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Helping pets deal with moving stress

Helping pets deal with moving stress

Moving to a new house is one of the most stressful things we do. Hiring a realtor to help will reduce a human’s stress but not their dog or cat’s.

Some tips for making the move as smooth as possible for our furry friends are as follows:

Pack early

Pack as much as you can ahead of time and make moving day as relaxing as possible. If you’re moving to a location nearby, bring your dog to the new area for walks beforehand, allowing them to sniff and familiarize themselves with the new environment.

Pet room

On moving day, designate a “pet” room in your old home and your new home, to keep your pets away from the confusion and stress of everything being moved. Keep items such as food, water, toys, a bed, and a litter box for cats in that room.

Dexter is Tony Browton’s dog. Photo submitted

Microchip your pet

If they get loose in the hustle and bustle of the move, they’ll have a much better chance of being reunited with you. Make sure you update your new address and contact information with all forms of pet identification.

Check new place

Check for holes in the fence, loose doors, or broken screens that your pet could escape through. Block those areas or keep your pets away from them until they can be fixed.

Stick to routines

Cats and dogs are creatures of habit. Keep feeding times, walks, and play times on their regular schedule. Bring dogs outside often so they know where to be let out.

Pet owners moving from the city to the Coast need to be aware of the threats to pets here that they may not have had to worry about in the city. Coyotes are a major threat and here are some tips for keeping your animals safe from them:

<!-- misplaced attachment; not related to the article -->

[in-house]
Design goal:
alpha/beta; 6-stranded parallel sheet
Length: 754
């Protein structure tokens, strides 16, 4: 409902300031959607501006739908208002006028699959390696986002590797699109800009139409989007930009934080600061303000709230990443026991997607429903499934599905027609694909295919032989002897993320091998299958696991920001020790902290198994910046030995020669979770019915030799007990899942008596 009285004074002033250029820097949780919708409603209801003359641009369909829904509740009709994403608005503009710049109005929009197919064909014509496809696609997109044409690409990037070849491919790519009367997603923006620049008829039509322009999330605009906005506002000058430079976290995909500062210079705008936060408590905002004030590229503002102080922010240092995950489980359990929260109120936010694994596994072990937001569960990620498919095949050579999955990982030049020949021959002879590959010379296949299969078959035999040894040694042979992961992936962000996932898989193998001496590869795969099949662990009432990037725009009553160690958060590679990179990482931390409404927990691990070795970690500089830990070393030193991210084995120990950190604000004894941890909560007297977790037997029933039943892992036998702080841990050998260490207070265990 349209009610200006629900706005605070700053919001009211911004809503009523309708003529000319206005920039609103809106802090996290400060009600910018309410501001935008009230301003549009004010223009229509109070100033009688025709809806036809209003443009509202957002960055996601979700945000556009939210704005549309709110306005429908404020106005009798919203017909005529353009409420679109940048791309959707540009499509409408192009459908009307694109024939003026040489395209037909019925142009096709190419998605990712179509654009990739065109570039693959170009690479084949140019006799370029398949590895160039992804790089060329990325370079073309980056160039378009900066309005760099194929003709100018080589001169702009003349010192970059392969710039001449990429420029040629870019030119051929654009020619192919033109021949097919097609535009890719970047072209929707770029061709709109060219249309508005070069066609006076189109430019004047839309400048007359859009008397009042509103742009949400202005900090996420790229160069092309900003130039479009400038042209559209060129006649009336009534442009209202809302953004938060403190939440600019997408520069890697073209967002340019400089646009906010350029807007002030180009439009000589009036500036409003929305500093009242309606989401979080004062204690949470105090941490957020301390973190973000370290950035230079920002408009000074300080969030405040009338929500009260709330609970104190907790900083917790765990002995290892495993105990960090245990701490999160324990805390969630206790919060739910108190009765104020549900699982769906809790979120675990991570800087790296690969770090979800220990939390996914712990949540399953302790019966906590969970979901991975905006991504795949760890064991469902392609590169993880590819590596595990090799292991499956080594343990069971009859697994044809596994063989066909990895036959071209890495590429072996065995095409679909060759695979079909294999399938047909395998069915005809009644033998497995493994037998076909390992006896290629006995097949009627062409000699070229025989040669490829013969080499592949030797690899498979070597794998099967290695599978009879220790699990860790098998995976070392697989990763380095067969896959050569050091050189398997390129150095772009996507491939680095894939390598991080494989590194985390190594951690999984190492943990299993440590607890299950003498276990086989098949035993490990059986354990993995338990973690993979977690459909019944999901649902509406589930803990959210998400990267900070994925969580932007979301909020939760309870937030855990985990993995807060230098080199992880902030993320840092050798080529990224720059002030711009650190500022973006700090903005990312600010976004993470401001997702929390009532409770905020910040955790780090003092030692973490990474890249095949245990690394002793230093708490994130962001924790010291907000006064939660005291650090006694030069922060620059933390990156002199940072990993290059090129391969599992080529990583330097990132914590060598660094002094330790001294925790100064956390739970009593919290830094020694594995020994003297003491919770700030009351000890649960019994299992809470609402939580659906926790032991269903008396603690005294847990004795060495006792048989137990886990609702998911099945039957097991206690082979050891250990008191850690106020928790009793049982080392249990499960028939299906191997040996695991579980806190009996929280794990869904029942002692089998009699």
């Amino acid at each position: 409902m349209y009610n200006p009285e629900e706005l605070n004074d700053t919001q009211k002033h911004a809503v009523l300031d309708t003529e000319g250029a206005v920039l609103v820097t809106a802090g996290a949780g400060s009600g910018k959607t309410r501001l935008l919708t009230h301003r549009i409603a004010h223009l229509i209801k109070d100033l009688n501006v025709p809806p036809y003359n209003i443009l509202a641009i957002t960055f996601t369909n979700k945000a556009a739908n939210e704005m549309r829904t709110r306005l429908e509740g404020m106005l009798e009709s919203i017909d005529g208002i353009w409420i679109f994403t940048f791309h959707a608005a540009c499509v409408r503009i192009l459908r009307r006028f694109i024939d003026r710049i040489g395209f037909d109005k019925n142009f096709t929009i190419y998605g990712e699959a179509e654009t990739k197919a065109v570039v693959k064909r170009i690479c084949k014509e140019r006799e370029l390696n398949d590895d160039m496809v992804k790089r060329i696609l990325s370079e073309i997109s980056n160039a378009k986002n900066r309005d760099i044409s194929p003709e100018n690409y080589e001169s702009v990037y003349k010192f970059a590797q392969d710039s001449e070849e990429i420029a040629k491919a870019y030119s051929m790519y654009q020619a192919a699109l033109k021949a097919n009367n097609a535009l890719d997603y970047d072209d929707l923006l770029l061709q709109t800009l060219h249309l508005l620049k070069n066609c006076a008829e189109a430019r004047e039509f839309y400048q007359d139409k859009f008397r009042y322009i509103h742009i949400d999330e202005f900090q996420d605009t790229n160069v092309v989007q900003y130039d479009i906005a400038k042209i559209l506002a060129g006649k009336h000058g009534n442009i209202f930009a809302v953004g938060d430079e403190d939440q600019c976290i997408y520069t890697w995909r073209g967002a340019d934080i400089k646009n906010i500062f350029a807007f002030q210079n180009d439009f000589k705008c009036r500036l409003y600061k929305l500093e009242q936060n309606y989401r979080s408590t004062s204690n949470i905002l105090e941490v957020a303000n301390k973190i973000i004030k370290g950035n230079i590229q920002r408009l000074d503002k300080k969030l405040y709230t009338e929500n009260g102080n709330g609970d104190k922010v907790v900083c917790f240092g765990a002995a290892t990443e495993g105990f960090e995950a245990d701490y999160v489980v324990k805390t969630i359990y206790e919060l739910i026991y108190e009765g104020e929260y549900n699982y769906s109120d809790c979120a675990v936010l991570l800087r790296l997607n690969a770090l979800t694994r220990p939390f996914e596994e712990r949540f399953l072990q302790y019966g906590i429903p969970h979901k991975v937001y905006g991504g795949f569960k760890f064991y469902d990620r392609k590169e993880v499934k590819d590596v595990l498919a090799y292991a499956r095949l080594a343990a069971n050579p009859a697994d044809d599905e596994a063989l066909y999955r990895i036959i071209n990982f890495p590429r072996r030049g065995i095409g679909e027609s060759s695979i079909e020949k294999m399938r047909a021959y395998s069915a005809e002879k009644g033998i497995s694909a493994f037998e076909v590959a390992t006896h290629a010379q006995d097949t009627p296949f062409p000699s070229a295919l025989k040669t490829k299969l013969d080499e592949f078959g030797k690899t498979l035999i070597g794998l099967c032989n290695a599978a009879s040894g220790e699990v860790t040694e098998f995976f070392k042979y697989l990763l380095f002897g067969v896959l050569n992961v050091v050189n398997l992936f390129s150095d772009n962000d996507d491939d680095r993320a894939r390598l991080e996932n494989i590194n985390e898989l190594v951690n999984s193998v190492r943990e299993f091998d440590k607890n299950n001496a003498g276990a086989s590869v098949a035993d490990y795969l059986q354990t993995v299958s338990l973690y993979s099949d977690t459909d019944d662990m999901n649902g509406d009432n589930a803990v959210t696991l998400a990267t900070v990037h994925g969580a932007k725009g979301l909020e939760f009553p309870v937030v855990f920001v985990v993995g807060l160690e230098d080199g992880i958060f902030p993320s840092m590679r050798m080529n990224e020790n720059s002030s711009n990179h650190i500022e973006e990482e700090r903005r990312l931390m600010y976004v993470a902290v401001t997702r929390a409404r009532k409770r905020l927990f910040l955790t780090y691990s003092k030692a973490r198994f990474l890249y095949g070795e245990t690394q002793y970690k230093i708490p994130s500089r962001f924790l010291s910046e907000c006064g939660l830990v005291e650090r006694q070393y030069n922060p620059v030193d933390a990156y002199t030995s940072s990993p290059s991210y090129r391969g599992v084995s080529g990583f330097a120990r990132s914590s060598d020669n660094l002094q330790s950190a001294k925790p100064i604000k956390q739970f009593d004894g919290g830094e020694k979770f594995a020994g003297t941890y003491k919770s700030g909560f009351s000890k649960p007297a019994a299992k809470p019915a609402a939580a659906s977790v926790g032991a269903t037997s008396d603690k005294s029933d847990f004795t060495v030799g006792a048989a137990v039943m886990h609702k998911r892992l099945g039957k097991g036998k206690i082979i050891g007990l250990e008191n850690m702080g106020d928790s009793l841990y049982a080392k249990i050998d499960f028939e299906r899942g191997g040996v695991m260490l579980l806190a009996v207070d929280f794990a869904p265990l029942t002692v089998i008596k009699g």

Don’t feed wildlife

At the end of the day, coyotes, like any other living creature, are simply trying to survive. Refrain from composting meat or meat by-products, as this scent is extremely appealing to coyotes.

Stay on leash

Most coyotes are afraid of humans, and your close presence will often be enough to prevent an attack. If your dog is off-leash, he or she becomes a far easier target.

Pick up poop

The scent of your dog’s poop can attract coyotes. Be sure to regularly maintain your yard.

Always be there

If you live in a high-risk area, never let your dog into the backyard unattended.

Build a fence

A coyote-proof fence should be at least eight feet in height, extending a minimum of 12 inches underground to prevent underground entry.  Using an invisible fence on your property may keep your dog in, but it does nothing to keep danger out.

Stay calm 

If you encounter a coyote while with your dog, do not run. Instead, make yourself look as large and intimidating as possible. Shout aggressively at the coyote. Wave your arms. Stomp your feet. If there is something that you can throw – throw it. Bringing a whistle or air horn with you on walks is always a good idea. If you encounter a coyote who doesn’t seem to notice you, move away quietly without turning your back to the coyote.

Clean up your garden 

Keep your yard free from overgrown shrubs or fallen branches, as this creates an ideal habitat for coyotes.

Spread the word 

Share these strategies with any dog owners in your life so that we can all keep ourselves, and our dogs, safe and sound.

Tony Browton’s blog can be found at

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